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Re: Is it best practices to use a rdfs:seeAlso link to a potentially multimegabyte PDF?, existing predicate for linking to PDF?

From: Christopher Gutteridge <cjg@ecs.soton.ac.uk>
Date: Thu, 13 Jan 2011 10:23:13 +0000
Message-ID: <EMEW3|780ca9786990661a573849e08c79a63cn0CANI03cjg|ecs.soton.ac.uk|4D2ED291.8090303@ecs.soton.ac.uk>
To: Martin Hepp <martin.hepp@ebusiness-unibw.org>
CC: nathan@webr3.org, Tim Berners-Lee <timbl@w3.org>, Vasiliy Faronov <vfaronov@gmail.com>, Toby Inkster <tai@g5n.co.uk>, Peter DeVries <pete.devries@gmail.com>, public-lod@w3.org
One obvious solution is to use an extra triple to indicate that the URL 
is a serialisation of some triples. eg.

  <rdf:Description rdf:about="...URI-X...">
    <rdfs:label>the name of the thing for which more data is 
      <rdf:Description rdf:about="...RDF-URL...">
rdf:resource="http://purl.org/xtypes/Document-RDFSerialisation" />

Martin Hepp wrote:
> Hi Nathan:
>> There are other ways of looking at this, remembering we're in the 
>> realm of machine readable information and the context of RDF. 
>> rdfs:seeAlso is used to indicate a resource O which may provide 
>> additional information about the resource S - information in this 
>> context being rdf, information for the machine - so we can say that 
>> if O points to a resource that doesn't contain any information at all 
>> (no rdf, or isn't the subject of any statements) then we've created a 
>> meaningless statement, it may as well be { S rdfs:seeAlso [] }
>> One could easily suggest that it's good for RDF Schema properties to 
>> have some use in RDF, and thus that if rdfs:seeAlso is used in a 
>> statement, that it should point to some "information", some rdf for 
>> the machine, otherwise it's a bit of a pointless property.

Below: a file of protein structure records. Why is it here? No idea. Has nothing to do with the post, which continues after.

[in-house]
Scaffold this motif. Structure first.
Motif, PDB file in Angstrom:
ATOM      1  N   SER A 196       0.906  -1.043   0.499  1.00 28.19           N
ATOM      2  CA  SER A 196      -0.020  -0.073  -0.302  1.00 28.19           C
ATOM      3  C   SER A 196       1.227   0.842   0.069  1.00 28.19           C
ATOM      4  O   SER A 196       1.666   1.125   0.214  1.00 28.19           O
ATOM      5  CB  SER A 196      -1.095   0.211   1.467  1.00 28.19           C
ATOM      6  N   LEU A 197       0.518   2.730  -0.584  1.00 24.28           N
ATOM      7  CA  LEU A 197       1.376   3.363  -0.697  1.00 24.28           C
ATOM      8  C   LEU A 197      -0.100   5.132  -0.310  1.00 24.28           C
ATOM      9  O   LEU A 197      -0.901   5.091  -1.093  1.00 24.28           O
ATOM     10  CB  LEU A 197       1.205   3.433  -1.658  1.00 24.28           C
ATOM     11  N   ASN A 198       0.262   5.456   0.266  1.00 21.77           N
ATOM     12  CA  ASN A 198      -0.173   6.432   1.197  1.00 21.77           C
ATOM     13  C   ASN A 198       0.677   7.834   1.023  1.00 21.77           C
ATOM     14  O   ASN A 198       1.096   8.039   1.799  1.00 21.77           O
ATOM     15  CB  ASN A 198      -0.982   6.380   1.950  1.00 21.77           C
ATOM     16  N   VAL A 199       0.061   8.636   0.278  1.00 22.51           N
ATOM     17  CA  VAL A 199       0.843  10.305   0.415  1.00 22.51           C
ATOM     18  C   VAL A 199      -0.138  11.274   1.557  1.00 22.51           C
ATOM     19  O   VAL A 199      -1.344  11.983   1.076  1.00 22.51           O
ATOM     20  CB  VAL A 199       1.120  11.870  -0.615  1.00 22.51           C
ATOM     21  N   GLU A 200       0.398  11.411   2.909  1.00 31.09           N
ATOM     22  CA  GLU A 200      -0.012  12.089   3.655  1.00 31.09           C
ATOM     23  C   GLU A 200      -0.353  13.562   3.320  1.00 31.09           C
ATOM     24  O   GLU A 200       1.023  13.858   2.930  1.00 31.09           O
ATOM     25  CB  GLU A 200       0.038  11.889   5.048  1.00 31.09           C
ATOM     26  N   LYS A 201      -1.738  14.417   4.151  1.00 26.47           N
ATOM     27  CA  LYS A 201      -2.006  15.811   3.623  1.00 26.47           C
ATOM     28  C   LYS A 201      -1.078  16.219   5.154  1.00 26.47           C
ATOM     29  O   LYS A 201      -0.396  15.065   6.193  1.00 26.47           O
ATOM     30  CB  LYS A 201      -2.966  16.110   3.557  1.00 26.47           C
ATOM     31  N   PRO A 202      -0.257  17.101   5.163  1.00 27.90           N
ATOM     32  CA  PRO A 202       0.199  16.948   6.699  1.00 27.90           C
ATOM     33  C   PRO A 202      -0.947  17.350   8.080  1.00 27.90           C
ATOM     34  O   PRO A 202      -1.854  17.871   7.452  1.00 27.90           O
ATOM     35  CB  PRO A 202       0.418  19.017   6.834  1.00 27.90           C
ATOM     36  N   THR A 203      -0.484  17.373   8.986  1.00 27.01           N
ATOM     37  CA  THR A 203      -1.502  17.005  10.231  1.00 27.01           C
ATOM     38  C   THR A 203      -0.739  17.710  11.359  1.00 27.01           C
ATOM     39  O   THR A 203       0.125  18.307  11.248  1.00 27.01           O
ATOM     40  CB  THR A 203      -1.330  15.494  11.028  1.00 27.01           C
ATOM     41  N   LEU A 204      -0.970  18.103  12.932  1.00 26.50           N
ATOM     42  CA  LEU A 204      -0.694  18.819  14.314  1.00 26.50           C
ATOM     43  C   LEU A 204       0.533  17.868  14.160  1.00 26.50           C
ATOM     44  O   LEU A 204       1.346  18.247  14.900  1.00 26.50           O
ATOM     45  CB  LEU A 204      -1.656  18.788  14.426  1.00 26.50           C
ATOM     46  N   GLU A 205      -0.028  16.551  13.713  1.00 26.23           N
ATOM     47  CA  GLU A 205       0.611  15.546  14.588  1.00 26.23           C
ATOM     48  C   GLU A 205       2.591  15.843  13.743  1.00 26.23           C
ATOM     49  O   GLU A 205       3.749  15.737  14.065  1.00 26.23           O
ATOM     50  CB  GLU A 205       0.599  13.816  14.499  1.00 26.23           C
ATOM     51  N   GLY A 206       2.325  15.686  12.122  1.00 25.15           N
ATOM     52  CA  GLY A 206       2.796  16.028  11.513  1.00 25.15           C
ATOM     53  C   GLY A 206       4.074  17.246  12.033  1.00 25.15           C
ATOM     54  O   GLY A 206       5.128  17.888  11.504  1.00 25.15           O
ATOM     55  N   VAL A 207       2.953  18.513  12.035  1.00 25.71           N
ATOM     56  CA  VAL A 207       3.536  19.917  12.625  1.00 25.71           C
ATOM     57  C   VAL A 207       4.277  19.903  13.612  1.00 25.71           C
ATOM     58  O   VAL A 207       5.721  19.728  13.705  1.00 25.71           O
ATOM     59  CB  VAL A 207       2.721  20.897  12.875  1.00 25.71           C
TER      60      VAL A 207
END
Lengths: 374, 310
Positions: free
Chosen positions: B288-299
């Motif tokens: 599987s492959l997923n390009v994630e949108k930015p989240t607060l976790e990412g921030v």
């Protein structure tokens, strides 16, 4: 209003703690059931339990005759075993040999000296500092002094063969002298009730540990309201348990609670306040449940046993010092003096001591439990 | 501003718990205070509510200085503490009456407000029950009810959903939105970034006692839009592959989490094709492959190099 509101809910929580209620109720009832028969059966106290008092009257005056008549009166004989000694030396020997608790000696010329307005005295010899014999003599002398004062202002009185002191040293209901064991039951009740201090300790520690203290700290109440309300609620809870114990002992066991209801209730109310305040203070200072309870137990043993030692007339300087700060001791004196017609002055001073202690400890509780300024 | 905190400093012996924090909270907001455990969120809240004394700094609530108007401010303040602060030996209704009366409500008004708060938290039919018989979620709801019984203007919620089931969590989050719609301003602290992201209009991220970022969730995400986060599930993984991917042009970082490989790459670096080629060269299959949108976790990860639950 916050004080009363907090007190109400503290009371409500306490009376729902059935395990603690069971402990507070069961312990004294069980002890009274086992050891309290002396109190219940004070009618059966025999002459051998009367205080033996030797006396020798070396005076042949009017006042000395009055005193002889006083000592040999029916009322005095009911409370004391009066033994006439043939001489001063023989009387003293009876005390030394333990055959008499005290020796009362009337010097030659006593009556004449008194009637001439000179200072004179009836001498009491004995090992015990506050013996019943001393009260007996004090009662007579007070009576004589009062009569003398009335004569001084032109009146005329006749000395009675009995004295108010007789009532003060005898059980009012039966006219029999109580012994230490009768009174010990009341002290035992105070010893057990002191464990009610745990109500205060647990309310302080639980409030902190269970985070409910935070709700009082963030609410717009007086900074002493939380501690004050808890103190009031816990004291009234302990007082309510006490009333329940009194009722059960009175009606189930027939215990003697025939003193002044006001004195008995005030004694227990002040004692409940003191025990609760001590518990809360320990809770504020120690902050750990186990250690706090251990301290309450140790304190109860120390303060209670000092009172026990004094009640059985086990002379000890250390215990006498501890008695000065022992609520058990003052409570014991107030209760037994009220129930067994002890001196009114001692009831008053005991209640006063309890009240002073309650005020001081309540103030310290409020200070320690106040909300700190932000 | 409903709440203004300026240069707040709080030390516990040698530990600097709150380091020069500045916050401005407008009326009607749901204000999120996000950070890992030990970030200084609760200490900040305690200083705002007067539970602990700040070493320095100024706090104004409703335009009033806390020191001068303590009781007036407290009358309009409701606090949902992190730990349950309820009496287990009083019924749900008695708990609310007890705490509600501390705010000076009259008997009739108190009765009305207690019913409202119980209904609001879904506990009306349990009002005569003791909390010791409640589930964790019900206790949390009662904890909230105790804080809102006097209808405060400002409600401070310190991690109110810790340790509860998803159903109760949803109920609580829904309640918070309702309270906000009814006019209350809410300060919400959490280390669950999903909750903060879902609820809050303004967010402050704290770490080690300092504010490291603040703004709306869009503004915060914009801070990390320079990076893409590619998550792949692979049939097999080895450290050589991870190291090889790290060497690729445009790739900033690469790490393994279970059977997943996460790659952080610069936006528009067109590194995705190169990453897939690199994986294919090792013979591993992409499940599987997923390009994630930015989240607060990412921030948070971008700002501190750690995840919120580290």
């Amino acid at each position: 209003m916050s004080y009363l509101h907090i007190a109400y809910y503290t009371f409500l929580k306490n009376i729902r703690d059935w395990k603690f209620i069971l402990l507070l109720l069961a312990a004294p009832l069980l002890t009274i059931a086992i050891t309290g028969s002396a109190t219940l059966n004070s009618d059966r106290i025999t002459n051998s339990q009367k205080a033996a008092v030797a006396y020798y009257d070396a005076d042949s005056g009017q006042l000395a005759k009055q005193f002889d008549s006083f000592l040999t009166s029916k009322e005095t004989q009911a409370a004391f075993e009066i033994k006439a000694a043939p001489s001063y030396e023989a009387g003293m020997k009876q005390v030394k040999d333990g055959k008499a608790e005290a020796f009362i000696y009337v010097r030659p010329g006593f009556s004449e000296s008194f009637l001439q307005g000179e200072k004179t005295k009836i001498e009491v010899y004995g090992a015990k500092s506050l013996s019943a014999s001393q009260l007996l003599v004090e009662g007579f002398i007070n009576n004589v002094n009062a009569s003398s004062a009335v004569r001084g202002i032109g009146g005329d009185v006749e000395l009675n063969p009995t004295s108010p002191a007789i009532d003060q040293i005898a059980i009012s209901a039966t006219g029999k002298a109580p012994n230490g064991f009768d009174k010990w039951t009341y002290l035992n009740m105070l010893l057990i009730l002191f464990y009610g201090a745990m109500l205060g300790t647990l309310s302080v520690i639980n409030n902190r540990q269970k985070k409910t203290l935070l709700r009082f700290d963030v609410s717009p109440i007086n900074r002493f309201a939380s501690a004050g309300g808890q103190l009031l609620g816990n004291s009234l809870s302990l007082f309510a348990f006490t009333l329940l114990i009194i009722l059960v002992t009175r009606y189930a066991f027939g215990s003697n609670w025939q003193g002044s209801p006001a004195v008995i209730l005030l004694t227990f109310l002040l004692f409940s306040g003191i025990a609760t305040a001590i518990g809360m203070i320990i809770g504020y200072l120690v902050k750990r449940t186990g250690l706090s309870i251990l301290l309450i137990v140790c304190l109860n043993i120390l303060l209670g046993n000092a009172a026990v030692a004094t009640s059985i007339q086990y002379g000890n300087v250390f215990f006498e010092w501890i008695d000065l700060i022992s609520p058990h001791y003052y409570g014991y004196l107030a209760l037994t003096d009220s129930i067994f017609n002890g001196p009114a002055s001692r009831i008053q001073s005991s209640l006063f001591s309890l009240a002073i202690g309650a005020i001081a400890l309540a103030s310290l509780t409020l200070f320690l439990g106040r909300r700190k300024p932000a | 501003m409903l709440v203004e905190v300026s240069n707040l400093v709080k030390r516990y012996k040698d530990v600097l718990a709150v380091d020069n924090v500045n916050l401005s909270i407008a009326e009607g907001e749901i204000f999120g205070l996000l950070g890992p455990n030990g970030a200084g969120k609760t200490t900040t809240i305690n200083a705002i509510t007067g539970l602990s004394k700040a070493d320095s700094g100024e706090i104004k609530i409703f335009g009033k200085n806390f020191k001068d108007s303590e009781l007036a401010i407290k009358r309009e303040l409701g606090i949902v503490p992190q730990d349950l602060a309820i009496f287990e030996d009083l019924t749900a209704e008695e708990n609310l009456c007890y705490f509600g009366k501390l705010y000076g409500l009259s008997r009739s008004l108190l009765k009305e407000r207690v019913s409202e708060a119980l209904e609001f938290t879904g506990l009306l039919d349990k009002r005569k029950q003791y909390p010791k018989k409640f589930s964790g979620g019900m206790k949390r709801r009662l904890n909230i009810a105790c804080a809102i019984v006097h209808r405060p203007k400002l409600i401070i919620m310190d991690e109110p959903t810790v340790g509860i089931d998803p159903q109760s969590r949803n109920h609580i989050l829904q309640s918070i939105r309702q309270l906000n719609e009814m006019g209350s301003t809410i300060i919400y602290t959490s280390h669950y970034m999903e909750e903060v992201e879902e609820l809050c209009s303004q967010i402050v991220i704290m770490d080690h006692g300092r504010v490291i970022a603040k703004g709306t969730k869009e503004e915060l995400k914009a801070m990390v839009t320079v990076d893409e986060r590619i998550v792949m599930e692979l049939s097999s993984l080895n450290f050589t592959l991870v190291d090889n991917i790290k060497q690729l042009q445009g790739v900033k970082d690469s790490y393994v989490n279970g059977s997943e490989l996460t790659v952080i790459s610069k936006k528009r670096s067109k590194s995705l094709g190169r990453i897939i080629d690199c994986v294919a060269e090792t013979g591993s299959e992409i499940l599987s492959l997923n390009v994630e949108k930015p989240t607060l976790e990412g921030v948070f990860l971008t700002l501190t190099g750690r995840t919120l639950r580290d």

>> Given the above, we could take the meaning of the sentence "no 
>> constraints are placed on the format of those representations" and 
>> assert that this simply means that RDF/XML is not required, and that 
>> any RDF format can be used.
> I don't buy in to restricting the meaning of "data" in the context of 
> RDF to "RDF data". If the subject or object of RDF triples can be any 
> Web resource (information and non-information resource), then the 
> range of rdfs:seeAlso should also include information resources (i.e., 
> data) of a variety of conceptual and syntactic forms.
> And PDF, HTML without RDFa as well as images clearly qualify as data. 
> They are also clearly machine-accessible. If you are still not 
> convinced: What about CSV files or text files containing ACE 
> (controlled English), or OData / GData?
> By the way, the problem of having to load huge amounts of data 
> following rdfs:seeAlso is not limited to PDFs - even obeying Tim's 
> proposal means there could be huge RDF graphs linked to via 
> rdfs:seeAlso, and that is of course conceptually perfectly okay.
> After all, rdfs:seeAlso is not 
> rdfs:linkToASmallChunkOfVeryRelatedDateInRDF ;-) Data management and 
> data quality heuristics should not be solved at the conceptual level. 
> If old clients employ outdated heuristics, those clients should update 
> their heuristics, IMO.
> Best
> Martin
> On 12.01.2011, at 16:13, Nathan wrote:
>> Hi Martin,
>> Martin Hepp wrote:
>>> For my taste, using rdfs:seeAlso is perfectly valid (yet suboptimal, 
>>> because too unspecific), according to the RDFS spec:
>>> http://www.w3.org/TR/rdf-schema/#ch_seealso
>>> Quote: "rdfs:seeAlso is an instance of rdf:Property that is used to 
>>> indicate a resource that might provide    additional information 
>>> about the subject resource.
>>> A triple of the form:
>>> S rdfs:seeAlso O
>>> states that the resource O may provide additional information about 
>>> S. It may be possible to retrieve representations of O from the Web, 
>>> but this is not required. When such representations may be 
>>> retrieved, ***no constraints are placed on the format of those 
>>> representations***."
>> Generally it appears to me that rdfs:seeAlso is a property for a 
>> machine to follow in order to get more information, and that much of 
>> the usage mentioned in this thread requires a property which informs 
>> a human that they may want to check resource O for more information - 
>> essentially something similar to a hyperlink in a html document with 
>> no @rel value.
>> Best,
>> Nathan

Christopher Gutteridge -- http://id.ecs.soton.ac.uk/person/1248

You should read the ECS Web Team blog: http://blogs.ecs.soton.ac.uk/webteam/
Received on Thursday, 13 January 2011 10:24:12 UTC

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